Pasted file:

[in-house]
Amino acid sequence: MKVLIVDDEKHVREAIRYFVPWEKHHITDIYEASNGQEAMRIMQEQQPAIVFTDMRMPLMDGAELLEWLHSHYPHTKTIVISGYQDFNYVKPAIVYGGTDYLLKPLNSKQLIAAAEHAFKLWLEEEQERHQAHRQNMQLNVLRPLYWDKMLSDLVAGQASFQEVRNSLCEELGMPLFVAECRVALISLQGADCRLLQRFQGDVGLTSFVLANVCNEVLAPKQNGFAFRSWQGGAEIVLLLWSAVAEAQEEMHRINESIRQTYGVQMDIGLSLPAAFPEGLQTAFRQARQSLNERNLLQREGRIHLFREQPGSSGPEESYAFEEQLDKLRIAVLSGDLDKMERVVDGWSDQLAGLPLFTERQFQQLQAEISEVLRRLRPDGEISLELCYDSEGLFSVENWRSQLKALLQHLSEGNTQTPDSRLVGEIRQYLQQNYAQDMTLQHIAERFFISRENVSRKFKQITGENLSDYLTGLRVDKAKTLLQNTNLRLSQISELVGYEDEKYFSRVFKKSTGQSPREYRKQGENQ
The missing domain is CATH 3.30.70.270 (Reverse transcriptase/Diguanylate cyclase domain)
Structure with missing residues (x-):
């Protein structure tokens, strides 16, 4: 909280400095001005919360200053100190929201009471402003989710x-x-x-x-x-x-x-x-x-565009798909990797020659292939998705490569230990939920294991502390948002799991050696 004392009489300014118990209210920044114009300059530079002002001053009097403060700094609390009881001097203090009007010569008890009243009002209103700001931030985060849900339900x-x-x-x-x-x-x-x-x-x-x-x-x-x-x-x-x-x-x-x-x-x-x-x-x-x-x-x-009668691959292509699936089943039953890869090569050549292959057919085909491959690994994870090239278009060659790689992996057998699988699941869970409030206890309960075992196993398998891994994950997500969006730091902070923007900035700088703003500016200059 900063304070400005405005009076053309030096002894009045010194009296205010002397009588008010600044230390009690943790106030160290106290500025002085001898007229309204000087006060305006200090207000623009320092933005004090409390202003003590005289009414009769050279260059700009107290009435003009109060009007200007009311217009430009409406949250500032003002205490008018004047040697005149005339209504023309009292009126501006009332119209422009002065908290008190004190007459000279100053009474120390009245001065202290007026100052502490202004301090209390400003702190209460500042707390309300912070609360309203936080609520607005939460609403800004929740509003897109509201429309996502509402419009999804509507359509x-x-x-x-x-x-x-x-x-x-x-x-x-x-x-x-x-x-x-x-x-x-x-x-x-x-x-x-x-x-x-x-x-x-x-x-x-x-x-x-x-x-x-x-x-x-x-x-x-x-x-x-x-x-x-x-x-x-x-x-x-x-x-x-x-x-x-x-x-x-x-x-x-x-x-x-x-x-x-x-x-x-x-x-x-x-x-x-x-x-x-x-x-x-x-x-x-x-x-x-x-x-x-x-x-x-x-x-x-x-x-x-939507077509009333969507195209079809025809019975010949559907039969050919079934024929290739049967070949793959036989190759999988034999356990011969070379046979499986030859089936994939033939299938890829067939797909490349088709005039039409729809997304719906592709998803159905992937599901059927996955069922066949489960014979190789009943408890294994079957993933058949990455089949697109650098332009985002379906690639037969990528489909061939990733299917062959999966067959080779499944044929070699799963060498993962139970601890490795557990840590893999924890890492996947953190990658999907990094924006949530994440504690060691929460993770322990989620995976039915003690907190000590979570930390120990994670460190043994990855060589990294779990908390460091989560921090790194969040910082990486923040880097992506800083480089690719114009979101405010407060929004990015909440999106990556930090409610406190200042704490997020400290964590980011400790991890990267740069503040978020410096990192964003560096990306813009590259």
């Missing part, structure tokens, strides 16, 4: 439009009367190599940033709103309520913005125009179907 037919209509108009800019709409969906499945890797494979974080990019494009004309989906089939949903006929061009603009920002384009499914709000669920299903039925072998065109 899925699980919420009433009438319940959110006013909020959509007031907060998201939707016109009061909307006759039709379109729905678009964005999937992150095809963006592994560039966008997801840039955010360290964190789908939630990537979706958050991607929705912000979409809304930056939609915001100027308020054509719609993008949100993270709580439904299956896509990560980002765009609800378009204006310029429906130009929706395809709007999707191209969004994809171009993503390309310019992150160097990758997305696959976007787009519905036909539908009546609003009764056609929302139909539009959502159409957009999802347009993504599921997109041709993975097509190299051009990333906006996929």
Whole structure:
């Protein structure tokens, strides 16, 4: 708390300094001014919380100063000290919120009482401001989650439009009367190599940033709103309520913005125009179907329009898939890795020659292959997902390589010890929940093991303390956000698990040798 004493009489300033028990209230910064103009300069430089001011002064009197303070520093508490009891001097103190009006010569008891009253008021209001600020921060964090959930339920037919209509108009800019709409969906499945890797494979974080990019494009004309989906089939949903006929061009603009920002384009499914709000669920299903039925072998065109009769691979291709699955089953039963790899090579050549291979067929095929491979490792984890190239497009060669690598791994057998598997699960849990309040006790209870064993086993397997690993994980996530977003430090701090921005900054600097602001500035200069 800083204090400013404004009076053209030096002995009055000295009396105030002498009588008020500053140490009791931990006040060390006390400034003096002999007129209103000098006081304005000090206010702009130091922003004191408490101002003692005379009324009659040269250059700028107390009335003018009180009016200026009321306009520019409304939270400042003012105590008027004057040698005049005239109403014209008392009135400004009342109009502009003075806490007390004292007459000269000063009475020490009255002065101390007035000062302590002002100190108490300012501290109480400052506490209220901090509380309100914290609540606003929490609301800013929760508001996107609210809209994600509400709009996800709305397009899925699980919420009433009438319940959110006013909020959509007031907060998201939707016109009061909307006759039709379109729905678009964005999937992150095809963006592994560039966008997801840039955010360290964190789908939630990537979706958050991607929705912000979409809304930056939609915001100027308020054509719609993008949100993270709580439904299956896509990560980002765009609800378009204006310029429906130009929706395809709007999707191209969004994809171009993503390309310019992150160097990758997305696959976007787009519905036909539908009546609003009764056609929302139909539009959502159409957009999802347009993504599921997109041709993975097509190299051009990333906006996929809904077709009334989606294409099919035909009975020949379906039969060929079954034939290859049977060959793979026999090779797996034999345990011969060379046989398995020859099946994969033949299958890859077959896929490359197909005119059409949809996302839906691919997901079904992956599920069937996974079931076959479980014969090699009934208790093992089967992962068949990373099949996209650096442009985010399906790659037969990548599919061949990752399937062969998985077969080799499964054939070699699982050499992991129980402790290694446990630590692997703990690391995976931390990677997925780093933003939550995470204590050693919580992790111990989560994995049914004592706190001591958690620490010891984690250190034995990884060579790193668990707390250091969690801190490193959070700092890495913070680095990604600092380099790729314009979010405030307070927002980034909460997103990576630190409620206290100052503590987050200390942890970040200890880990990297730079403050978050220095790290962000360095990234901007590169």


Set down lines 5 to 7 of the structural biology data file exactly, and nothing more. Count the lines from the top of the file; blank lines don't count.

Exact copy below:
């Protein structure tokens, strides 16, 4: 909280400095001005919360200053100190929201009471402003989710x-x-x-x-x-x-x-x-x-565009798909990797020659292939998705490569230990939920294991502390948002799991050696 004392009489300014118990209210920044114009300059530079002002001053009097403060700094609390009881001097203090009007010569008890009243009002209103700001931030985060849900339900x-x-x-x-x-x-x-x-x-x-x-x-x-x-x-x-x-x-x-x-x-x-x-x-x-x-x-x-009668691959292509699936089943039953890869090569050549292959057919085909491959690994994870090239278009060659790689992996057998699988699941869970409030206890309960075992196993398998891994994950997500969006730091902070923007900035700088703003500016200059 900063304070400005405005009076053309030096002894009045010194009296205010002397009588008010600044230390009690943790106030160290106290500025002085001898007229309204000087006060305006200090207000623009320092933005004090409390202003003590005289009414009769050279260059700009107290009435003009109060009007200007009311217009430009409406949250500032003002205490008018004047040697005149005339209504023309009292009126501006009332119209422009002065908290008190004190007459000279100053009474120390009245001065202290007026100052502490202004301090209390400003702190209460500042707390309300912070609360309203936080609520607005939460609403800004929740509003897109509201429309996502509402419009999804509507359509x-x-x-x-x-x-x-x-x-x-x-x-x-x-x-x-x-x-x-x-x-x-x-x-x-x-x-x-x-x-x-x-x-x-x-x-x-x-x-x-x-x-x-x-x-x-x-x-x-x-x-x-x-x-x-x-x-x-x-x-x-x-x-x-x-x-x-x-x-x-x-x-x-x-x-x-x-x-x-x-x-x-x-x-x-x-x-x-x-x-x-x-x-x-x-x-x-x-x-x-x-x-x-x-x-x-x-x-x-x-x-x-939507077509009333969507195209079809025809019975010949559907039969050919079934024929290739049967070949793959036989190759999988034999356990011969070379046979499986030859089936994939033939299938890829067939797909490349088709005039039409729809997304719906592709998803159905992937599901059927996955069922066949489960014979190789009943408890294994079957993933058949990455089949697109650098332009985002379906690639037969990528489909061939990733299917062959999966067959080779499944044929070699799963060498993962139970601890490795557990840590893999924890890492996947953190990658999907990094924006949530994440504690060691929460993770322990989620995976039915003690907190000590979570930390120990994670460190043994990855060589990294779990908390460091989560921090790194969040910082990486923040880097992506800083480089690719114009979101405010407060929004990015909440999106990556930090409610406190200042704490997020400290964590980011400790991890990267740069503040978020410096990192964003560096990306813009590259």
């Missing part, structure tokens, strides 16, 4: 439009009367190599940033709103309520913005125009179907 037919209509108009800019709409969906499945890797494979974080990019494009004309989906089939949903006929061009603009920002384009499914709000669920299903039925072998065109 899925699980919420009433009438319940959110006013909020959509007031907060998201939707016109009061909307006759039709379109729905678009964005999937992150095809963006592994560039966008997801840039955010360290964190789908939630990537979706958050991607929705912000979409809304930056939609915001100027308020054509719609993008949100993270709580439904299956896509990560980002765009609800378009204006310029429906130009929706395809709007999707191209969004994809171009993503390309310019992150160097990758997305696959976007787009519905036909539908009546609003009764056609929302139909539009959502159409957009999802347009993504599921997109041709993975097509190299051009990333906006996929």
Whole structure: